His grammar's a little rough, but he does a fairly good job of restating (again) the frustrations of being a sports fan in Atlanta. Some takeaways:
- Bussard uses the typical approach when dealing with the anomaly of success of the 1991-2005 Braves.
"Excluding the post-1990 Braves, the city of Atlanta has suffered through 40 Hawks seasons (NBA), 42 Falcons seasons (NFL), 16 Flames and Thrashers seasons (NHL), plus 25 seasons from the aforementioned pre-1990 Braves."
Except that you can't exclude elements from a sample like this.
Whether or not you think the Braves should have won more World Series (a debatable point I consider moot in the wild card era), the fact is that for 14 consecutive seasons, they won the division in which they were placed. No other team in any sport has ever achieved that.
- Bussard also takes an unfortunate swipe at a tragic event in Atlanta sports history.
"The Thrashers won the Southern Division in 2007 after six losing seasons, but were swept in the first round faster than a Dany Heatley-driven Ferrari."
- Finally, Bussard hits on the one element with which I totally agree: Atlanta has some of the most passive fans around, who tend to disappear when their teams aren't winning.
It's definitely frustrating, but it's not an exclusive trait to Atlantans. His statement that "Minneapolis has been just as unsuccessful as Atlanta in terms of winning, but at least the Metrodome is always packed―regardless of the sport" is simply false on multiple levels.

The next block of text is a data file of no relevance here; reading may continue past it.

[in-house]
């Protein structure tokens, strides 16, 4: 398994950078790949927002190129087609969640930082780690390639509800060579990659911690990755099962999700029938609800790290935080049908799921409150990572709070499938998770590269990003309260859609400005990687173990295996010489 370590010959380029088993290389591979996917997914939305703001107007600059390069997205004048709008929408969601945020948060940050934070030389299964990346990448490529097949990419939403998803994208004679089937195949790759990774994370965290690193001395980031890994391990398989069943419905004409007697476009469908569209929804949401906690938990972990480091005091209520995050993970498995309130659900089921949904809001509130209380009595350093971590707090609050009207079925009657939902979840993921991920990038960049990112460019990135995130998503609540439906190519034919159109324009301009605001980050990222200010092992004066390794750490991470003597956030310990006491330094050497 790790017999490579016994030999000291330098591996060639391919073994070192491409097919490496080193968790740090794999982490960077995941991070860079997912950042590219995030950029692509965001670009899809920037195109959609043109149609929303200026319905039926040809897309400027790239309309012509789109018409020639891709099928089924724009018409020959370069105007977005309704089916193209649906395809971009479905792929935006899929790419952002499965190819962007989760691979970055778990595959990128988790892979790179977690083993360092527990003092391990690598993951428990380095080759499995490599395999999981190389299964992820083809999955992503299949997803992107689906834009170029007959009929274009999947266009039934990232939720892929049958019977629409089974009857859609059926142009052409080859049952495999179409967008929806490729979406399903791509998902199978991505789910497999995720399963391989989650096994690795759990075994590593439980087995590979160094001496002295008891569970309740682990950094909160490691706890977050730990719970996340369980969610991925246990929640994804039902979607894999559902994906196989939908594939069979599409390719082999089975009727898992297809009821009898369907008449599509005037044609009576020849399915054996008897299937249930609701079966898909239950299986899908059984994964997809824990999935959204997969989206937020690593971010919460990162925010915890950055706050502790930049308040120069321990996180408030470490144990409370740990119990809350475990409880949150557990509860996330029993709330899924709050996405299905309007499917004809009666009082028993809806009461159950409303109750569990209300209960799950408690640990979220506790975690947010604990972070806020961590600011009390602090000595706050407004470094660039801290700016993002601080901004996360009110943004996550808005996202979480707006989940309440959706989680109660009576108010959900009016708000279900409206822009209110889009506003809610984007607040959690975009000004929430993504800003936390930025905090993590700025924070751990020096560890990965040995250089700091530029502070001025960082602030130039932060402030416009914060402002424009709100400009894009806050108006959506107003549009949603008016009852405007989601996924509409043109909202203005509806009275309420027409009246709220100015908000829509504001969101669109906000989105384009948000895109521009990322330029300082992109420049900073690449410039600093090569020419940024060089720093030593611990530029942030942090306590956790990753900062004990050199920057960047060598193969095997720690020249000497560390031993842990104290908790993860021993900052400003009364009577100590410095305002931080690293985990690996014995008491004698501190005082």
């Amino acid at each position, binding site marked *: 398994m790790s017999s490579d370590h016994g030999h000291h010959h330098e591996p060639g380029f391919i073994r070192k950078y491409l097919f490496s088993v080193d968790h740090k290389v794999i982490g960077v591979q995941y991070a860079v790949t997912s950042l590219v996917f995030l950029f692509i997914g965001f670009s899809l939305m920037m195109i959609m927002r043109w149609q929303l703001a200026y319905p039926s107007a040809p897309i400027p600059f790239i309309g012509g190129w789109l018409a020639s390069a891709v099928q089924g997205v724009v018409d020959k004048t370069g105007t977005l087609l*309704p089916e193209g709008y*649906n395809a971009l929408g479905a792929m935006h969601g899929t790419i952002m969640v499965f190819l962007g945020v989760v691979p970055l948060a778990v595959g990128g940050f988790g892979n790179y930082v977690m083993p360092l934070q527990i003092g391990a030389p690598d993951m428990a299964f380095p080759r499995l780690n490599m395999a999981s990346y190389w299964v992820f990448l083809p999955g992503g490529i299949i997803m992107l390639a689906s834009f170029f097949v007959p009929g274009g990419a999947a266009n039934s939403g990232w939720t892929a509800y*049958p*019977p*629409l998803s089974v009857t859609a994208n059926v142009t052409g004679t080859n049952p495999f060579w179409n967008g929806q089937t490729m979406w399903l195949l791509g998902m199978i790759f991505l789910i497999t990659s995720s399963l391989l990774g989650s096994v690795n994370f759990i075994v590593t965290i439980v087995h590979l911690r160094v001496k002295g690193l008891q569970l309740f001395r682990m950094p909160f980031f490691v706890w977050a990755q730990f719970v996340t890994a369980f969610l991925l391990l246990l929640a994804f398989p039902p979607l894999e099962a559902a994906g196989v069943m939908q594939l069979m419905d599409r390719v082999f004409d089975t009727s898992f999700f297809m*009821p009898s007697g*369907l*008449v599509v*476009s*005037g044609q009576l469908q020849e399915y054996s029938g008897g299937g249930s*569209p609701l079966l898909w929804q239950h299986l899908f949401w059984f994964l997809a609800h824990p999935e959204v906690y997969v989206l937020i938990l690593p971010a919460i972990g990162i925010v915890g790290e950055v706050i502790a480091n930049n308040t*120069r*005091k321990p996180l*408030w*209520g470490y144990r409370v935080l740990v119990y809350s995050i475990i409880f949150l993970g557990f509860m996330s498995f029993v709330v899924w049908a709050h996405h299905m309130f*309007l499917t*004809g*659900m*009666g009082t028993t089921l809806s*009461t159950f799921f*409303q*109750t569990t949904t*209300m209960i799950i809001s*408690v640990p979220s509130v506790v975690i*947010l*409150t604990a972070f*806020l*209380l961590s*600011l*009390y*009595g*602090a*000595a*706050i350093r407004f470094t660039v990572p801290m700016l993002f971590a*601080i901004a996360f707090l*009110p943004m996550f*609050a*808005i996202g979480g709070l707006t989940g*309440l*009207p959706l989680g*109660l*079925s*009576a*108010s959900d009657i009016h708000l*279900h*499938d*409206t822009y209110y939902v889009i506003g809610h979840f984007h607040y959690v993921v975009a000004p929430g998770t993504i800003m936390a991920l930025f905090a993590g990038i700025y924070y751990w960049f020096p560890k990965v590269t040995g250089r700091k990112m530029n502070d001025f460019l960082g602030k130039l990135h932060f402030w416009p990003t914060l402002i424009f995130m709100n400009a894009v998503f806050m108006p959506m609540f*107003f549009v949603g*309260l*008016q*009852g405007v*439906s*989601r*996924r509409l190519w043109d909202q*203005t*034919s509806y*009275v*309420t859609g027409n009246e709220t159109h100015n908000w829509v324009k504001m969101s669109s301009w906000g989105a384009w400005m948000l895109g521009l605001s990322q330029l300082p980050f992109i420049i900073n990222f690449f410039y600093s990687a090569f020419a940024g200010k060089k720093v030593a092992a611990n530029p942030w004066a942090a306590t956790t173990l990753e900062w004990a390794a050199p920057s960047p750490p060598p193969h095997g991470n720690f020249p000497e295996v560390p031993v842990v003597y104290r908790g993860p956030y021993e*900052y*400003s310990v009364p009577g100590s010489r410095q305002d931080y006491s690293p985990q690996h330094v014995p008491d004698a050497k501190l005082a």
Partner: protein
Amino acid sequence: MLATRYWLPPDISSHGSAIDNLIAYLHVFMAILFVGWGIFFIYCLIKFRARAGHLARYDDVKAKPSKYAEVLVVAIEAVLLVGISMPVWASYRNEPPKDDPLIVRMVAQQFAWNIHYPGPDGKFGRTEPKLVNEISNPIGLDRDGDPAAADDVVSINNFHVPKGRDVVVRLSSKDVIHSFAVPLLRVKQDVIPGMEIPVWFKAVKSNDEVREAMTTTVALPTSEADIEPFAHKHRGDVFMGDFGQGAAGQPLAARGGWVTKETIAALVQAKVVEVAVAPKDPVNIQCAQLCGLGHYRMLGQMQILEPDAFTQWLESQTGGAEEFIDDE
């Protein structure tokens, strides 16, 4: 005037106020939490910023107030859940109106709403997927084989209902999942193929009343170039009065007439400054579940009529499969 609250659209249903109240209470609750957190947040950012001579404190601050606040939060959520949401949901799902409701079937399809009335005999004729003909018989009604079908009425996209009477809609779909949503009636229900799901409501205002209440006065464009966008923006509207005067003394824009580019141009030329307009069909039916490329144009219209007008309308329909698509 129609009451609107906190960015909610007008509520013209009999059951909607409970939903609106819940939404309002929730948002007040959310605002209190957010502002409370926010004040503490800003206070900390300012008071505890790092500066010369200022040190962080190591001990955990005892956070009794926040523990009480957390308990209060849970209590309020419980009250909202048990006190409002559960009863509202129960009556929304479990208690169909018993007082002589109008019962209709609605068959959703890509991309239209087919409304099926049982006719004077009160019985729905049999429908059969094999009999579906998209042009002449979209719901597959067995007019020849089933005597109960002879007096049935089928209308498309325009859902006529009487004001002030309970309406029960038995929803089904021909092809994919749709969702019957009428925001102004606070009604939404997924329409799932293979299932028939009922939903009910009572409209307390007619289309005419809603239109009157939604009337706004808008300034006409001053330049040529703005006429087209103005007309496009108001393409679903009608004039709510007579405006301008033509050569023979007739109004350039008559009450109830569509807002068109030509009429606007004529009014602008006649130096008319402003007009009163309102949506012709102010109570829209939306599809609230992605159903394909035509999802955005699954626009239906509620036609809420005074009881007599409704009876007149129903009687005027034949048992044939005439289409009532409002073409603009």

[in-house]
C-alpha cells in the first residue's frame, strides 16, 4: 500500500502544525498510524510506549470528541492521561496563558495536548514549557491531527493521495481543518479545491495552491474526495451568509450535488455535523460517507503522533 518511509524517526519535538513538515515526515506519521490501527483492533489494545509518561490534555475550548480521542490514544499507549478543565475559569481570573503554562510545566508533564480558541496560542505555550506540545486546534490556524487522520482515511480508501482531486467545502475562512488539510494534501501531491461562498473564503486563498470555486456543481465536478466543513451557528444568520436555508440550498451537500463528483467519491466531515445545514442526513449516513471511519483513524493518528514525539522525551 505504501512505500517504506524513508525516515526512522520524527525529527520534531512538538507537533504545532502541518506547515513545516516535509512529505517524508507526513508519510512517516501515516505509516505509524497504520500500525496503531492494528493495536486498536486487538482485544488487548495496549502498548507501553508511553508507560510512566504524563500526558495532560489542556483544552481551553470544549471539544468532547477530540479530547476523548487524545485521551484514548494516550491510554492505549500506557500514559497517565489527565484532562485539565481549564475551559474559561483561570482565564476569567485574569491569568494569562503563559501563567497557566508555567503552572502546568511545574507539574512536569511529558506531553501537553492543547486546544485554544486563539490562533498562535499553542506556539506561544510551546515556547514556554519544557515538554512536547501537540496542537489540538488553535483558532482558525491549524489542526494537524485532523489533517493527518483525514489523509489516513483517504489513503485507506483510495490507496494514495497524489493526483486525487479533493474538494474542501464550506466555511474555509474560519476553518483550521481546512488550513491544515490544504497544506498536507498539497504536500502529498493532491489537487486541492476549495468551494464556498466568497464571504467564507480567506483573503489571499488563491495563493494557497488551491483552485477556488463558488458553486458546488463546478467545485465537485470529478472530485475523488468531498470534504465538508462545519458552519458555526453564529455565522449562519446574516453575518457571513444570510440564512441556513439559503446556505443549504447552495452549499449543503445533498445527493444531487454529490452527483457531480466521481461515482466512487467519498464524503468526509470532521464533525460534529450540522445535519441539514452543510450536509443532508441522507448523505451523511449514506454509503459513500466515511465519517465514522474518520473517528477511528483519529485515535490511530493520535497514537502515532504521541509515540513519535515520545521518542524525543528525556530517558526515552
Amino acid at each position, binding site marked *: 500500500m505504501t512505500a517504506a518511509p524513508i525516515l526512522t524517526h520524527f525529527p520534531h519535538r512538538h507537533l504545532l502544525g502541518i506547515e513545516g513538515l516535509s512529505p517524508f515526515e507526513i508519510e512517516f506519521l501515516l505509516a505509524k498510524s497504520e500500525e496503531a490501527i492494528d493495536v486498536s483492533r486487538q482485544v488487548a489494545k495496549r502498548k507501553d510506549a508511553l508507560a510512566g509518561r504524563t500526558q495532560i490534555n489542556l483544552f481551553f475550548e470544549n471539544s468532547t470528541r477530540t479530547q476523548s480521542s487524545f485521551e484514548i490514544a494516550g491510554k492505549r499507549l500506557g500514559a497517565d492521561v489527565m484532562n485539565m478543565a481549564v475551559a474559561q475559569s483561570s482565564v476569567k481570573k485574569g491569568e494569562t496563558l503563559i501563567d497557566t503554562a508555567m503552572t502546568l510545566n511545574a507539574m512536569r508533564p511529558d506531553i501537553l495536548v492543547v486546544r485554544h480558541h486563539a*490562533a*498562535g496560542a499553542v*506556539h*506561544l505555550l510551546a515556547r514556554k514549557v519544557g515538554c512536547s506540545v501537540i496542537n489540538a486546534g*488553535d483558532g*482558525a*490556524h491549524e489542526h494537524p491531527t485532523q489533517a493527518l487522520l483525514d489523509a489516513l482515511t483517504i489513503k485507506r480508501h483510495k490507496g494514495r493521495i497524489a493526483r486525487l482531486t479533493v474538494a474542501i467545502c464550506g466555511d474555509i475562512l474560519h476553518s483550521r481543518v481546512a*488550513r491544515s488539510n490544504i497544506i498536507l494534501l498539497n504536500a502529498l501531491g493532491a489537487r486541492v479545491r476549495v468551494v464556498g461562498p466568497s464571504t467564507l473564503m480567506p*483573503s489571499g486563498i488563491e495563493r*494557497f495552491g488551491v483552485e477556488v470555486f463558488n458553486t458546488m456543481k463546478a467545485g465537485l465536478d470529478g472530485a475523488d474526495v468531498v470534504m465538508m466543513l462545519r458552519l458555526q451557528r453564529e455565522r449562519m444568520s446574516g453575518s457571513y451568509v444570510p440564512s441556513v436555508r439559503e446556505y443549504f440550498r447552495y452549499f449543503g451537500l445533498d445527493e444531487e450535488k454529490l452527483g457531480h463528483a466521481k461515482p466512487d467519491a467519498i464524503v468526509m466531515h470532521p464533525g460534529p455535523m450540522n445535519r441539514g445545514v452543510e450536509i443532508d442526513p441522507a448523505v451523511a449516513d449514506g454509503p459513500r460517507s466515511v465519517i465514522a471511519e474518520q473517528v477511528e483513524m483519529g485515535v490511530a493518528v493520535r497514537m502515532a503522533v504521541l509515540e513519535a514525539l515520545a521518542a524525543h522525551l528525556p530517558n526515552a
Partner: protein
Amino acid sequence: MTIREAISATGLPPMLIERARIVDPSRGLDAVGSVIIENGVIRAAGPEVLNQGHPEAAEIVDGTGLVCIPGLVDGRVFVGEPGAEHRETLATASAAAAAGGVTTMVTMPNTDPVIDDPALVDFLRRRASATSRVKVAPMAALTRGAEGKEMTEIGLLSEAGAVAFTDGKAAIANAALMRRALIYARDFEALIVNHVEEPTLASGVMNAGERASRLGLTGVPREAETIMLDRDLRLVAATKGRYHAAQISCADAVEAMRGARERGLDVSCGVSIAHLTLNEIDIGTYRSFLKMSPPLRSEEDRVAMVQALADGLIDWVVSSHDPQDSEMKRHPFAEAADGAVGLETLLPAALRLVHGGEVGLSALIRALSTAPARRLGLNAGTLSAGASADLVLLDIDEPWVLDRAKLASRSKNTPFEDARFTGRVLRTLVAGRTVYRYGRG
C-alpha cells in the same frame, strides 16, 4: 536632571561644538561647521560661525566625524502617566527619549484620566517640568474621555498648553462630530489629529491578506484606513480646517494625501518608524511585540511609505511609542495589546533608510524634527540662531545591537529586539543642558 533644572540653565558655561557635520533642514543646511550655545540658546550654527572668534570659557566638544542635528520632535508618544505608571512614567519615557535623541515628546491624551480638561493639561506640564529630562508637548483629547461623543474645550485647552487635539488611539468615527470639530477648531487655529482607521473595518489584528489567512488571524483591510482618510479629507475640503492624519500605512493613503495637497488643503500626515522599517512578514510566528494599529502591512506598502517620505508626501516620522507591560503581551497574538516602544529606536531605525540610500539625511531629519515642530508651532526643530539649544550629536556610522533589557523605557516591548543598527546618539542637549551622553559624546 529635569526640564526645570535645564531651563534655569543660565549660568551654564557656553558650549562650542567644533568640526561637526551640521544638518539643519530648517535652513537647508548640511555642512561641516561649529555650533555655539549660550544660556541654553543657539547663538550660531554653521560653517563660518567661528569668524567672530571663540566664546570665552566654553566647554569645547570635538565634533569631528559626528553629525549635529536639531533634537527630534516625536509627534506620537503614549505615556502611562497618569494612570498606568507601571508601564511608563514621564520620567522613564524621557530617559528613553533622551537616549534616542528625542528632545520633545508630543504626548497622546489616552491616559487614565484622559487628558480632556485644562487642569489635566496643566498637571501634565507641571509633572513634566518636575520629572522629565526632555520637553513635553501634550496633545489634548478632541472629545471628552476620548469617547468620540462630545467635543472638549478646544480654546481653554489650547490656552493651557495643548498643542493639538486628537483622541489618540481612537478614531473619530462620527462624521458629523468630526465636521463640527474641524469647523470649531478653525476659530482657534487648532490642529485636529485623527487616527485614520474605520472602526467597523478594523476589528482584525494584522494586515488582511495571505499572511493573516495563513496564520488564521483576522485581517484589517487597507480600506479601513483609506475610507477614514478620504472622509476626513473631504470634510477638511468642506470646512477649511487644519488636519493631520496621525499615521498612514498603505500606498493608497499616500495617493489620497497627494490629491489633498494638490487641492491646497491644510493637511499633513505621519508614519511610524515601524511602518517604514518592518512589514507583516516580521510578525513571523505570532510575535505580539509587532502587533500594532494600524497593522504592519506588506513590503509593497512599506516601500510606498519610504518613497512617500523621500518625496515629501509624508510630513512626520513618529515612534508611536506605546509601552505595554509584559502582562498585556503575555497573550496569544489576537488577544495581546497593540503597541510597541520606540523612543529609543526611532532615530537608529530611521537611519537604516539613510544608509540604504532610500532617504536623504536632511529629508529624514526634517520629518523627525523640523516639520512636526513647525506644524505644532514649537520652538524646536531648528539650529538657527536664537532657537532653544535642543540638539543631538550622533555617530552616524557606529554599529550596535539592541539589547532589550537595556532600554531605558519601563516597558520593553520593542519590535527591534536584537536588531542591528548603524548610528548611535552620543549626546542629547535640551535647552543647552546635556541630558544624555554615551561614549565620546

Guess that's why the North Stars left and the Twins were once rumored to be on the chopping block if baseball had chosen contraction.
I don't think there is any city (outside of Boston) that wouldn't say they'd like to see more championships from their sports teams. And we are saddled with one of the worst football franchises here in the A.
However, the Thrashers seem to be trending slightly up, as do the Hawks. And the Braves have been a quality product for approaching 20 years.
All we can do is continue to be good fans, attend games, and bring and inform other people.
All we need is one little run like the one Boston is on, and the "worst sports city" conversation can be put to bed forever.